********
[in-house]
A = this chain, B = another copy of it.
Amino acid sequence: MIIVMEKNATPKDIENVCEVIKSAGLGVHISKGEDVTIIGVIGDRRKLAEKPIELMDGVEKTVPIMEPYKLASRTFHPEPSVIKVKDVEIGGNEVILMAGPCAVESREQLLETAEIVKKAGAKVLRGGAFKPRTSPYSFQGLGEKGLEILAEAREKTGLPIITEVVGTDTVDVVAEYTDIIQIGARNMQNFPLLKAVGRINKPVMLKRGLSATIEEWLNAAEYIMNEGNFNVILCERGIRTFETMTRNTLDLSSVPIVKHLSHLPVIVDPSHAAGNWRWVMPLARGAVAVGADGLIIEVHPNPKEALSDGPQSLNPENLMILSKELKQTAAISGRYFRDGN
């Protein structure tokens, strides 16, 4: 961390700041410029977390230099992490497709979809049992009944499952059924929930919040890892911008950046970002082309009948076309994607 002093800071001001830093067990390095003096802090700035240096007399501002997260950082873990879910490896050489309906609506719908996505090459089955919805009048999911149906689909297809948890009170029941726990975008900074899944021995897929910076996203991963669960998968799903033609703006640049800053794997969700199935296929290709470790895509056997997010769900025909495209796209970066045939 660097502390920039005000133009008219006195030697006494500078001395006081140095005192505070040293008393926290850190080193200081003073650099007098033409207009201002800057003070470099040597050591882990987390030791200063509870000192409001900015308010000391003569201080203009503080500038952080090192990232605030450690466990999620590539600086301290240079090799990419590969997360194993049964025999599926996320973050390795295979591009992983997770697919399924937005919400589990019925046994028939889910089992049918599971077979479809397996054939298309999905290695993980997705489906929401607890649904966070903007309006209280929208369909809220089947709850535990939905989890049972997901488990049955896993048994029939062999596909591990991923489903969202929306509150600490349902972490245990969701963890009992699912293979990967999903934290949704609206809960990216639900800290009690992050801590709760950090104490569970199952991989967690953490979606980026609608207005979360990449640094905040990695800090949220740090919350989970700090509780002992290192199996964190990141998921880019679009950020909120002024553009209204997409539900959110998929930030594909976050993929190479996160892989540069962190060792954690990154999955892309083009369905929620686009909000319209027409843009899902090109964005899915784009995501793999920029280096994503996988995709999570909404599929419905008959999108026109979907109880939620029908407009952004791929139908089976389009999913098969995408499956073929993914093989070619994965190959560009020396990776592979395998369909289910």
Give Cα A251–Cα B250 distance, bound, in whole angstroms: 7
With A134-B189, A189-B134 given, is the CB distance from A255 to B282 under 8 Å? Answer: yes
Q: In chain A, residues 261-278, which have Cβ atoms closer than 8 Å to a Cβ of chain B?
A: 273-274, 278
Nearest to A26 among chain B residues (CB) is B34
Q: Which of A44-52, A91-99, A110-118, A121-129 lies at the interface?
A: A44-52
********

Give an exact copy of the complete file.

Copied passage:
[in-house]
A = this chain, B = another copy of it.
Amino acid sequence: MIIVMEKNATPKDIENVCEVIKSAGLGVHISKGEDVTIIGVIGDRRKLAEKPIELMDGVEKTVPIMEPYKLASRTFHPEPSVIKVKDVEIGGNEVILMAGPCAVESREQLLETAEIVKKAGAKVLRGGAFKPRTSPYSFQGLGEKGLEILAEAREKTGLPIITEVVGTDTVDVVAEYTDIIQIGARNMQNFPLLKAVGRINKPVMLKRGLSATIEEWLNAAEYIMNEGNFNVILCERGIRTFETMTRNTLDLSSVPIVKHLSHLPVIVDPSHAAGNWRWVMPLARGAVAVGADGLIIEVHPNPKEALSDGPQSLNPENLMILSKELKQTAAISGRYFRDGN
């Protein structure tokens, strides 16, 4: 961390700041410029977390230099992490497709979809049992009944499952059924929930919040890892911008950046970002082309009948076309994607 002093800071001001830093067990390095003096802090700035240096007399501002997260950082873990879910490896050489309906609506719908996505090459089955919805009048999911149906689909297809948890009170029941726990975008900074899944021995897929910076996203991963669960998968799903033609703006640049800053794997969700199935296929290709470790895509056997997010769900025909495209796209970066045939 660097502390920039005000133009008219006195030697006494500078001395006081140095005192505070040293008393926290850190080193200081003073650099007098033409207009201002800057003070470099040597050591882990987390030791200063509870000192409001900015308010000391003569201080203009503080500038952080090192990232605030450690466990999620590539600086301290240079090799990419590969997360194993049964025999599926996320973050390795295979591009992983997770697919399924937005919400589990019925046994028939889910089992049918599971077979479809397996054939298309999905290695993980997705489906929401607890649904966070903007309006209280929208369909809220089947709850535990939905989890049972997901488990049955896993048994029939062999596909591990991923489903969202929306509150600490349902972490245990969701963890009992699912293979990967999903934290949704609206809960990216639900800290009690992050801590709760950090104490569970199952991989967690953490979606980026609608207005979360990449640094905040990695800090949220740090919350989970700090509780002992290192199996964190990141998921880019679009950020909120002024553009209204997409539900959110998929930030594909976050993929190479996160892989540069962190060792954690990154999955892309083009369905929620686009909000319209027409843009899902090109964005899915784009995501793999920029280096994503996988995709999570909404599929419905008959999108026109979907109880939620029908407009952004791929139908089976389009999913098969995408499956073929993914093989070619994965190959560009020396990776592979395998369909289910």
Give Cα A251–Cα B250 distance, bound, in whole angstroms: 7
With A134-B189, A189-B134 given, is the CB distance from A255 to B282 under 8 Å? Answer: yes
Q: In chain A, residues 261-278, which have Cβ atoms closer than 8 Å to a Cβ of chain B?
A: 273-274, 278
Nearest to A26 among chain B residues (CB) is B34
Q: Which of A44-52, A91-99, A110-118, A121-129 lies at the interface?
A: A44-52